Factory outlets aren’t exactly a bargain. here’s why

What Penny Hoarder hasn’t been tempted by the thrill of a bargain?

If you like branded goods, you’ve probably been drawn to the local mall hoping to pick up luxury items at great value prices.

Whether you’re looking for mid-range brands like Gap and Banana Republic, or high-end homes, like Coach and Burberry, malls seem like great places to splurge at a fraction of the price.

But do you really get huge discounts at outlet stores? Unfortunately, the answer is usually no.

Here’s the truth about factory outlets that they don’t want you to know.

Do factory outlets offer high quality at low prices?

One of the reasons to consider luxury labels (albeit at an extremely reduced cost) is that they are made to last. Yes, part of their high price is due to the brand name, but it’s also because luxury products are often made from better and better quality fabrics.

If you don’t care if that Coach bag you bought at an outlet is “so last season”, you can probably expect it to last through multiple seasons and still look fabulous, unlike the pretty ones. bags you could buy for a flight at Target that last less than a year if you’re lucky.


Not necessarily.

Most consumers assume that malls stock their shelves — and clearance shelves — with excess inventory, end-of-season, or slightly defective factory seconds (think: a seam with a few stray stitches). In other words, the same things you’d find in full-price retail stores.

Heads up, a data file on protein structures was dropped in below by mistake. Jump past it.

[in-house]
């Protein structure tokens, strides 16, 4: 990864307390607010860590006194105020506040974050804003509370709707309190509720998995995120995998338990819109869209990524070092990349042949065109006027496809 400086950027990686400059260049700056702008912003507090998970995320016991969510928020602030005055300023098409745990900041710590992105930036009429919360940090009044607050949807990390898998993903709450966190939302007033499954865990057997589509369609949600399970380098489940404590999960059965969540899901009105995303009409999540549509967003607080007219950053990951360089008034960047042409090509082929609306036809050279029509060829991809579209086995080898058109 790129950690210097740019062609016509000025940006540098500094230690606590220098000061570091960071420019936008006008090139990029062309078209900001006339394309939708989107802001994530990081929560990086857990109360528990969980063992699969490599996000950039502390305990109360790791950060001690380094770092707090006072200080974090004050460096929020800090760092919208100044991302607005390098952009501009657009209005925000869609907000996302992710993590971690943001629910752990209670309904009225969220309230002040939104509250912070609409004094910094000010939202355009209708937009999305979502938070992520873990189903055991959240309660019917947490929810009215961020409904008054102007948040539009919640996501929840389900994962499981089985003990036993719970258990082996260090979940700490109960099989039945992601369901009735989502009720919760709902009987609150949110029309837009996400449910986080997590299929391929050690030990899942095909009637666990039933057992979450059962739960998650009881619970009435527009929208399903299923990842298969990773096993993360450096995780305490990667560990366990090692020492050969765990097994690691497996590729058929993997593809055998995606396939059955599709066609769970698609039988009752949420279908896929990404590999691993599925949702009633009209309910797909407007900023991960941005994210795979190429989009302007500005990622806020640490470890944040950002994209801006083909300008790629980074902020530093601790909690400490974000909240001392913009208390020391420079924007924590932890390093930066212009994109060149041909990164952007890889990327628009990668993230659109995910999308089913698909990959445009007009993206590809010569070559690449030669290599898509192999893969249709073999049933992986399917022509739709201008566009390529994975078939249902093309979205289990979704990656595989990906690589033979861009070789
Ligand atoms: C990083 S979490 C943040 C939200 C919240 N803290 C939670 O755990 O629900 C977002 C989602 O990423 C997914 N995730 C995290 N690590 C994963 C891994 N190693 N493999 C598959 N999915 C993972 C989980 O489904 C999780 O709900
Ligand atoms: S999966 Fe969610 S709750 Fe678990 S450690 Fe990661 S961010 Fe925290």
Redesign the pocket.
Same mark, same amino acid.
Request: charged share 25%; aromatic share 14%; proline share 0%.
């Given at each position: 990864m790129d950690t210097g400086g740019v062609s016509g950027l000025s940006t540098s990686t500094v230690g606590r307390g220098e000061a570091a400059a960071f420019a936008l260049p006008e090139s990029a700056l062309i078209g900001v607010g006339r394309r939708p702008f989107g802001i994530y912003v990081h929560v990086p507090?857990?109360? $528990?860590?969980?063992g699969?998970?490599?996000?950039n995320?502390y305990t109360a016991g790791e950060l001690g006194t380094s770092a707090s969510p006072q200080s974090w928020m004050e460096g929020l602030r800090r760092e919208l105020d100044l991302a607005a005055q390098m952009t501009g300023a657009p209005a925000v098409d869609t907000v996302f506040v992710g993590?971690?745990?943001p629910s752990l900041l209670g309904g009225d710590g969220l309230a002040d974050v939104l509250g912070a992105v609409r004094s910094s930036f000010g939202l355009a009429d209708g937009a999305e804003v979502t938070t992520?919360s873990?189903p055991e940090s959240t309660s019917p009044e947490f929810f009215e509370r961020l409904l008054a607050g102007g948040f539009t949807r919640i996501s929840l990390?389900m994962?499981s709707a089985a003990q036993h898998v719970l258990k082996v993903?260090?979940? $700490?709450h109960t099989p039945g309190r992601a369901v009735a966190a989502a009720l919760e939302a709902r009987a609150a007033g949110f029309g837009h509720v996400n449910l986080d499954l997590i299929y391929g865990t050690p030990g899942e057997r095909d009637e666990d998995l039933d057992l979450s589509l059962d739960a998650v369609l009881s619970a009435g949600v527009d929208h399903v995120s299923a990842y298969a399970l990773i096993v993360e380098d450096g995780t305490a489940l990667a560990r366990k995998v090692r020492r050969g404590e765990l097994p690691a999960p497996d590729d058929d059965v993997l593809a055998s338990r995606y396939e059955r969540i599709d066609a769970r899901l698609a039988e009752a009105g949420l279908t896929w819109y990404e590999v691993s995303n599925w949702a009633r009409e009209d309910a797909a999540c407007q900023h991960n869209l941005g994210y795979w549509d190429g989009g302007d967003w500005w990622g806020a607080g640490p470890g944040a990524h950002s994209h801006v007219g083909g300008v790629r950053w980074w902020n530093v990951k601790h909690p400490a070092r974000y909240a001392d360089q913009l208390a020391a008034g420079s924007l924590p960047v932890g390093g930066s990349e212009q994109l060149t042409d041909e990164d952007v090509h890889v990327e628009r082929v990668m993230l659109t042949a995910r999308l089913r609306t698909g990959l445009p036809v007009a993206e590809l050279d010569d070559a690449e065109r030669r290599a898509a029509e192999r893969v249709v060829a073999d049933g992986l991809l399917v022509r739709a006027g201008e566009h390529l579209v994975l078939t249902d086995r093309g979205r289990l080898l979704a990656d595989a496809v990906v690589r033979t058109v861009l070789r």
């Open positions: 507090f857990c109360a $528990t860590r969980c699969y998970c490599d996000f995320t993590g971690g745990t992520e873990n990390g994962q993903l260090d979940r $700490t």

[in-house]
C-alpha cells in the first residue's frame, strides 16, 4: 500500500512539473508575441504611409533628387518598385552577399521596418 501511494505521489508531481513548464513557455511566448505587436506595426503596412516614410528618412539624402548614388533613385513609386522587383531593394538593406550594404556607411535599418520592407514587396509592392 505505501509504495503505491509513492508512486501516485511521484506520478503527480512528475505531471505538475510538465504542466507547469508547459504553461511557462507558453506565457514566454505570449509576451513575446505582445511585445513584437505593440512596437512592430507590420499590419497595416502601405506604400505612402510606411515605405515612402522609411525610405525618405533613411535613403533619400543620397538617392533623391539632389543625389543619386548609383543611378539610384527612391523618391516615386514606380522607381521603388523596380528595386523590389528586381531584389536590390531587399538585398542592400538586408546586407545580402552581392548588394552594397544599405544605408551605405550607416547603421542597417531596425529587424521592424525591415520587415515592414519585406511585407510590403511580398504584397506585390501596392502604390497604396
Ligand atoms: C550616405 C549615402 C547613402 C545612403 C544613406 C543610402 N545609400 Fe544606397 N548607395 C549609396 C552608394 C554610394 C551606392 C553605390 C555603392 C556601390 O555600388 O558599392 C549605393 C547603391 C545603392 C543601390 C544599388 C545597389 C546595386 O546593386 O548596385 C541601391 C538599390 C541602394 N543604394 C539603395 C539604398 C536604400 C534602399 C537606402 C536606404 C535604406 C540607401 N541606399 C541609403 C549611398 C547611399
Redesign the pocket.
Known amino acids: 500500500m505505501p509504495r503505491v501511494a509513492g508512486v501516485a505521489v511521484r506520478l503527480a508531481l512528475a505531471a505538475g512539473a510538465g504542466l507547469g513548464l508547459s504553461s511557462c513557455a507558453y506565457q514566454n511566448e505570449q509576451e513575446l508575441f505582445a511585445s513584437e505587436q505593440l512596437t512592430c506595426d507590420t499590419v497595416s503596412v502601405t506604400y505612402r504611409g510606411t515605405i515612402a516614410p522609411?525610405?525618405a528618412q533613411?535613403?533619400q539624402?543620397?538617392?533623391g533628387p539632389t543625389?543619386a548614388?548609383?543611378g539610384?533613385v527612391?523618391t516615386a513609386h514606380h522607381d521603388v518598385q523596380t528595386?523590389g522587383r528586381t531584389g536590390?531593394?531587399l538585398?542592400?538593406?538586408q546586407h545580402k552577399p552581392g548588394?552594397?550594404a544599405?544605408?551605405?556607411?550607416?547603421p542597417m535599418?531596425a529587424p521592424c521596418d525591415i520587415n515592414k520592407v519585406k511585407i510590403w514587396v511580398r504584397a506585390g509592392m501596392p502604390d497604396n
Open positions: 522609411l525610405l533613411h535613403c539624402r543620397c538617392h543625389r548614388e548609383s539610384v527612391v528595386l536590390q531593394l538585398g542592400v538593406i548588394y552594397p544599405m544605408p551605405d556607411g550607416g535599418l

But the truth is that many factory outlets sell their items for less than their retail counterparts because their quality is also cheaper.

Say hello to a dirty little industry secret: products designed for the point of sale.

Like the Federal Trade Commission (FTC) reports on its Consumer Information blog:

“Many stores sell in their outlets products made exclusively for those outlets. These items may be of lower quality than what is sold in regular stores. For example, a jacket might not be fully lined, a shirt’s stripes might not match at the seams, a t-shirt might be made of a lighter fabric, and shoes might be made of synthetic materials rather than genuine leather. . If top quality is important, you may want to buy elsewhere. But if it’s the brand, the style or the look that counts, you may have come to the right place.